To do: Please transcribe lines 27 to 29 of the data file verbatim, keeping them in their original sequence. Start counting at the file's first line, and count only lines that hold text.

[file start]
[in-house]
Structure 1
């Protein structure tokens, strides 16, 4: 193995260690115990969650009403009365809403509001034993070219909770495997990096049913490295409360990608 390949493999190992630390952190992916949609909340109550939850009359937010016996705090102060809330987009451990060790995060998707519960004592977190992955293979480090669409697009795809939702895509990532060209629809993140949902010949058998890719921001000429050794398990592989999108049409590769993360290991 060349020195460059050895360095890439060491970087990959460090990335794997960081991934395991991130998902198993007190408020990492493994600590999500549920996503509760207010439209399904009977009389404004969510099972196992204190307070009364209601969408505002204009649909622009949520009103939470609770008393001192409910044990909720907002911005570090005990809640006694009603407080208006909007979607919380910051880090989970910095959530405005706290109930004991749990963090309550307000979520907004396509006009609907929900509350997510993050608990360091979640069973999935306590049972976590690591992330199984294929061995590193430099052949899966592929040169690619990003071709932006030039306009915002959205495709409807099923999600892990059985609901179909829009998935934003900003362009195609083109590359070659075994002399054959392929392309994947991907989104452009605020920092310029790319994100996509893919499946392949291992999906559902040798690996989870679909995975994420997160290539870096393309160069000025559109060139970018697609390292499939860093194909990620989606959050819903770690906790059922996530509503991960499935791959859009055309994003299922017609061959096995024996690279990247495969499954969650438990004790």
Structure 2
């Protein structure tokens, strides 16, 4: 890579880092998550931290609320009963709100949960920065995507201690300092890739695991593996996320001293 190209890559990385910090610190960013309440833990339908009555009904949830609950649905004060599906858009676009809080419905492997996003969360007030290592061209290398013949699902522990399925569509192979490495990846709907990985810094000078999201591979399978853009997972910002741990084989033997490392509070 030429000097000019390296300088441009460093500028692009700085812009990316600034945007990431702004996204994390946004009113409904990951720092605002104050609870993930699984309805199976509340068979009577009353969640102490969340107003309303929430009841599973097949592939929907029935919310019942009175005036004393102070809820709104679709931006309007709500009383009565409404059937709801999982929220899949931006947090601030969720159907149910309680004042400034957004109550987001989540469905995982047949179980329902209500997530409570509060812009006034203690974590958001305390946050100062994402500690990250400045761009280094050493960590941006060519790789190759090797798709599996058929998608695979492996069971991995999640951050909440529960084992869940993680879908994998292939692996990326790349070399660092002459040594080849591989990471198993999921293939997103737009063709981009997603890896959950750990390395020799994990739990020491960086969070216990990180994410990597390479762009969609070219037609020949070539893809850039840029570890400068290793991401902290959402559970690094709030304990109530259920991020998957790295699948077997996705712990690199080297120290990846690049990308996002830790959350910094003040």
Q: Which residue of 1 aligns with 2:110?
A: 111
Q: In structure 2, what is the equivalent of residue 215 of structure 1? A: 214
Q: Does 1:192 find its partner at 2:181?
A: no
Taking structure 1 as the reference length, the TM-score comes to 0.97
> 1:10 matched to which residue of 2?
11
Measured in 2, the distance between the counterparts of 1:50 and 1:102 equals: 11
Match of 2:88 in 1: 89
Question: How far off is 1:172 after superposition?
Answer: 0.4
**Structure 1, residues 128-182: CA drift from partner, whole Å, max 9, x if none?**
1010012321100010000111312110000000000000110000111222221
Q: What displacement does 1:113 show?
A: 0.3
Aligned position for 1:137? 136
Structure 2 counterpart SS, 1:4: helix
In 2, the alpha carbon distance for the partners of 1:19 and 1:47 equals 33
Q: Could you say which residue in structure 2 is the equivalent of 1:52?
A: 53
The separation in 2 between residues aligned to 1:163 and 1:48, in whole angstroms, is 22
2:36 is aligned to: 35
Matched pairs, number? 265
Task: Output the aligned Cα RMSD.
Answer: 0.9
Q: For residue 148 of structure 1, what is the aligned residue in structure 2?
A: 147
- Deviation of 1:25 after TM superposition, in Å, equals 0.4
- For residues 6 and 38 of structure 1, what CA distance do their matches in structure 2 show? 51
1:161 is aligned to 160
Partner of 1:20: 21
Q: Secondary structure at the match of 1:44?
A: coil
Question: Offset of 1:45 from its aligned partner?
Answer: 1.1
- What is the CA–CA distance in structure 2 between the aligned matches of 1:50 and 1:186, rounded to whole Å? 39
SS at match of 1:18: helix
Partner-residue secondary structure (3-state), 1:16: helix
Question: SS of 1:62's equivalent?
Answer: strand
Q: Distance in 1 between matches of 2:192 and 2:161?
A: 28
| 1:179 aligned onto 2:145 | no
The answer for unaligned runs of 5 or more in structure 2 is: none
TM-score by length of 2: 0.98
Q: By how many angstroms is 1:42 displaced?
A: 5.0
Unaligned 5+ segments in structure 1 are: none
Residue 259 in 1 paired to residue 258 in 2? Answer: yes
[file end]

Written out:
The separation in 2 between residues aligned to 1:163 and 1:48, in whole angstroms, is 22
2:36 is aligned to: 35
Matched pairs, number? 265